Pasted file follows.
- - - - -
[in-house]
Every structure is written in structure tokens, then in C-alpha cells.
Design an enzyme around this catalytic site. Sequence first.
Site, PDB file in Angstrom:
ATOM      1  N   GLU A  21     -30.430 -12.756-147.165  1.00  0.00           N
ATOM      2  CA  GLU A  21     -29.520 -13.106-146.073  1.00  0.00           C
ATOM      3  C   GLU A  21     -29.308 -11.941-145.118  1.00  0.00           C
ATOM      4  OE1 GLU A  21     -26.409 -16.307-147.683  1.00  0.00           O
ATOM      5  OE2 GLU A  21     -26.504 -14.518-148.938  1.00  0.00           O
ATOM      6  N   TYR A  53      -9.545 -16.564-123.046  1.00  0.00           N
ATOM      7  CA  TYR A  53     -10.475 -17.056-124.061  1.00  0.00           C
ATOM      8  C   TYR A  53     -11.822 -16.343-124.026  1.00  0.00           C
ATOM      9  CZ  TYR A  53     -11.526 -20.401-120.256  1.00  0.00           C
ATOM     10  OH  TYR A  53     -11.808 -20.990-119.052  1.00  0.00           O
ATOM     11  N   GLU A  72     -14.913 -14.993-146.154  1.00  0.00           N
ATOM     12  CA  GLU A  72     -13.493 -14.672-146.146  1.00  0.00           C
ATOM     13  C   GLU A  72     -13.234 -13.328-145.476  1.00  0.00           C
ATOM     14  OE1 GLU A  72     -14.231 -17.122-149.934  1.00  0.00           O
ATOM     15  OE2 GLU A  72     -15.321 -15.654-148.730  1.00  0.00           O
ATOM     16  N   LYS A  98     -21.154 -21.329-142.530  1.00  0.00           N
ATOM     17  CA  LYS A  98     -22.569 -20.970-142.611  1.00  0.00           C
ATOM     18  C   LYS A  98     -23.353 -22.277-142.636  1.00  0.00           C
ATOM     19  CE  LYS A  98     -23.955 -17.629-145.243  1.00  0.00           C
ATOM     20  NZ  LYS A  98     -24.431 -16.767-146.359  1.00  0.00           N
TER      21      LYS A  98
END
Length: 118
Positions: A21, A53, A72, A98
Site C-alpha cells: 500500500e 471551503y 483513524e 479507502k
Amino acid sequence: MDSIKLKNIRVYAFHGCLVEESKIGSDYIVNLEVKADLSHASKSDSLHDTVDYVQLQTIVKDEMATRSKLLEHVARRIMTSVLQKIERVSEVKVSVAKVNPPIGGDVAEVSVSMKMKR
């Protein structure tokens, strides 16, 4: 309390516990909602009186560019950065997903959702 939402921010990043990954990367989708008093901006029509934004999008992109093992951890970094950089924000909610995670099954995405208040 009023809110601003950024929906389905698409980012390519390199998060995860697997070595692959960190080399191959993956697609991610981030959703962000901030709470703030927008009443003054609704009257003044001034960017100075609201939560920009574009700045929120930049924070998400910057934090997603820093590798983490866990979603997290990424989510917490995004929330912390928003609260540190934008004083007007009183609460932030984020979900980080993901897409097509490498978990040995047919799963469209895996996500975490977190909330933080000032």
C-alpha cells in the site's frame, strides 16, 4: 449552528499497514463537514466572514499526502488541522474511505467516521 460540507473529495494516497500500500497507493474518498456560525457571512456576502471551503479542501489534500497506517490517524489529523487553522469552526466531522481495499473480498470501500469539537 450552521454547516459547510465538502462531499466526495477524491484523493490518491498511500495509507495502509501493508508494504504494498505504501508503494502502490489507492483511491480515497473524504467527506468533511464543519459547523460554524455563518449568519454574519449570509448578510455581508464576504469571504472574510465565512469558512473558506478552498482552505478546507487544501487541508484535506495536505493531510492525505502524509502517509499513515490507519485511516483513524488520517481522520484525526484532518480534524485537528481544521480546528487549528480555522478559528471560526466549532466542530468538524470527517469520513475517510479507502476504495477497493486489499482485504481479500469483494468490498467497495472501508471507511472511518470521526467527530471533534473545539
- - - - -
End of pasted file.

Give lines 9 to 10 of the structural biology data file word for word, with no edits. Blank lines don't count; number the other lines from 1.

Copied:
ATOM      5  OE2 GLU A  21     -26.504 -14.518-148.938  1.00  0.00           O
ATOM      6  N   TYR A  53      -9.545 -16.564-123.046  1.00  0.00           N